The Museum of Nature, located in Ottawa Ontario, is host to many spectacular nature exhibits. The newest and shiniest of installations features the bold and beautiful Canadian North. Opened on June 21st, 2017, the gallery is interactive and educational in the best ways. It contains oodles of information on the wildlife which inhabits the land and waterscapes, and how humans interact with them. Featuring the voices of Northern communities, who are free to share their experiences living in the cold, the Museum of Nature does an excellent job in conveying the respect the people have for wildlife, and their need to live with it.
On July 29th of this year, I took a trip to the Museum of Nature, intrigued by hearing whispers of their amazing new gallery. A true step forward in the conservation field by connecting our public to an ecosystem many have only heard of. After all, people are more likely to care about and take action when they feel connected to the ecosystem which they are contributing to. With the excitement of a little girl, I zipped through the museum, with awe. Finally, I reached the top floor and stopped. Before entering the Arctic Gallery, I was greeted with a rather large Canada Goose Company symbol. Despite my disapproval of a company which uses real fur as trim on their iconic jackets, I marched on, and I must say, I loved every bit of the gallery. It’s use of multiple forms of media made it not only accessible, but gave all visitors from every age category a chance to connect in a way they felt comfortable. It presented the traditional communities in a respectful way, ensuring the stories were told by the people who lived them. So why then, did they choose to accept a $1.5 million sponsorship from a company as controversial as Canada Goose? Wouldn’t it be considered hypocritical to have a company which kills animals as a sponsor for a gallery promoting conservation? I decided to take a deeper dive.
In the 1950’s, Canada goose founder Sam Tick, started a company focused on woollen vests, snowmobile jackets, and raincoats. It wasn’t until his son-in-law David Reiss joined the company, that Canada Goose began using real down in their jackets to increase their ability to insulate. Real fur wasn’t incorporated until the company took on a project to aid the researchers working in the coldest places on earth, Antarctica. As much as I support faux fur, it is a known fact that nothing keeps you quite as warm as real fur. After all, animals evolved it to keep themselves warm in those conditions, and the exact structure is expensive and difficult to recreate. To prevent frost-bite from nipping at their skin, Canada Goose added fur to help keep researchers safe and comfortable in beyond freezing conditions. The first jacket to have both down and real fur was nick-named Big-Red. As unfortunate as it may be, this jacket caught on, but more-so as a fashion statement. Canada Goose jackets can now be seen walking the streets of Toronto, where the weather never gets nearly as bad as in the Arctic. Since the take off of the company, however, Canada Goose has worked on ensuring sustainable practices. They use coyote fur because of abundant populations, and ensure that the coyotes are killed in humane ways. One can argue there is no humane way to capture and kill an animal simply for its fur, and I believe this is something the consumer should take into account before buying a jacket from the company. The down is sourced from the poultry industry, so the entire animal is being used, which somewhat helps ease the minds of animal lovers. Furthermore, Canada Goose has committed to traceable sources, ensuring that all their animal products come from trusted sources within Canada which comply with the Agreement of International Humane Trapping Standards (AIHTS) and the Best Managed Practices (BMP).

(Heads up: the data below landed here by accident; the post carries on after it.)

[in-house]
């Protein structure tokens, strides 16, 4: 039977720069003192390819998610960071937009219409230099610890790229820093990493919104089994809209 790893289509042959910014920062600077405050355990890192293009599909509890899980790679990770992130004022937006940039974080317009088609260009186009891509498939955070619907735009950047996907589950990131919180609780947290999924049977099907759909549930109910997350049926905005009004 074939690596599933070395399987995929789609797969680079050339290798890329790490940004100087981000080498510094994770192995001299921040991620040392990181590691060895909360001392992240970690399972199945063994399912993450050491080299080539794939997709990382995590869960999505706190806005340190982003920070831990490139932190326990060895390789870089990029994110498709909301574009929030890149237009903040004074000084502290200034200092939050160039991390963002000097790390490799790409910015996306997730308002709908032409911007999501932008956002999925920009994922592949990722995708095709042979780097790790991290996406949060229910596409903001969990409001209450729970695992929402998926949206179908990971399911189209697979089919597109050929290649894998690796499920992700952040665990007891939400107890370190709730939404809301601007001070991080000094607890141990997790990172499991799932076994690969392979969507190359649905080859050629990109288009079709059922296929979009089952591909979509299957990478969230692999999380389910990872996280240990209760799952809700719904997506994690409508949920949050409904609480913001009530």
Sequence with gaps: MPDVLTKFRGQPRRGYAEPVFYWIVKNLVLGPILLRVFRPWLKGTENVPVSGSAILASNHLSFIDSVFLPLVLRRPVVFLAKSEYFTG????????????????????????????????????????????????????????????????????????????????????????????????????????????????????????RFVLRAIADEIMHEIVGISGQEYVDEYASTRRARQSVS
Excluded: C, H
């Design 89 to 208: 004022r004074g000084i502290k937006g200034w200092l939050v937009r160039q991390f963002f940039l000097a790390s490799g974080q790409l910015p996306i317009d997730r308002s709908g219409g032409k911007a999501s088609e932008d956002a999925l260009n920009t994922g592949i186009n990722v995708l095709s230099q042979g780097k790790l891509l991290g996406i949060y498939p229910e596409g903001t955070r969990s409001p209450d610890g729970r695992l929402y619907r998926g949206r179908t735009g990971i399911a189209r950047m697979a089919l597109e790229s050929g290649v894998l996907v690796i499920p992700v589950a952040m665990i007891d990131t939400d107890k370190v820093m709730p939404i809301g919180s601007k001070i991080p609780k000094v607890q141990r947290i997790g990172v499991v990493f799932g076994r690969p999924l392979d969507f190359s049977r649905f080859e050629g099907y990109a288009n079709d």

Although their use of fur and down is extremely controversial to many people, and I personally disagree with their use of fur as fashion, their commitment to conservation is admirable. The company did not originate as a fashion statement, but rather as a way to ensure researchers in the arctic were kept safe. They acknowledge the use of fur as a choice and try to achieve this in the most ethical way possible, noting that it is virtually impossible to entirely separate humans from animal use. To better contribute to conservation efforts, the company has partnered with Polar Bear International (PBI) an organization focused on wild polar bear conservation. Canada Goose also donates over 1 million meters of fabric to northern communities, honouring their origins of aiding people in arctic climates.
After taking this dive into the history of the company, I am no longer surprised at the Museum of Nature’s decision to use Canada Goose as a sponsor. In fact, I think it is a worth while partnership. The mandate of the Canada Goose Arctic Gallery in the Museum of Nature is to better the public’s understanding and respect for the Arctic, its communities, and wildlife. It seems to me that Canada Goose has a similar goal, through its contribution to polar bear conservation and community engagement. Instead of spreading negative information and comments about the company, perhaps efforts would be better spent in a middle ground. Think twice before buying a jacket, think about whether or not you really need fur in this climate, and support conservation efforts through other means. By visiting the gallery, you are supporting the northern communities. I don’t believe that Canada Goose’s use of fur on their jackets should negate their role in the conservation field, or dissuade the public from visiting such an inspiring and valuable gallery. As always, I encourage you to follow your heart.
With love from Patricia.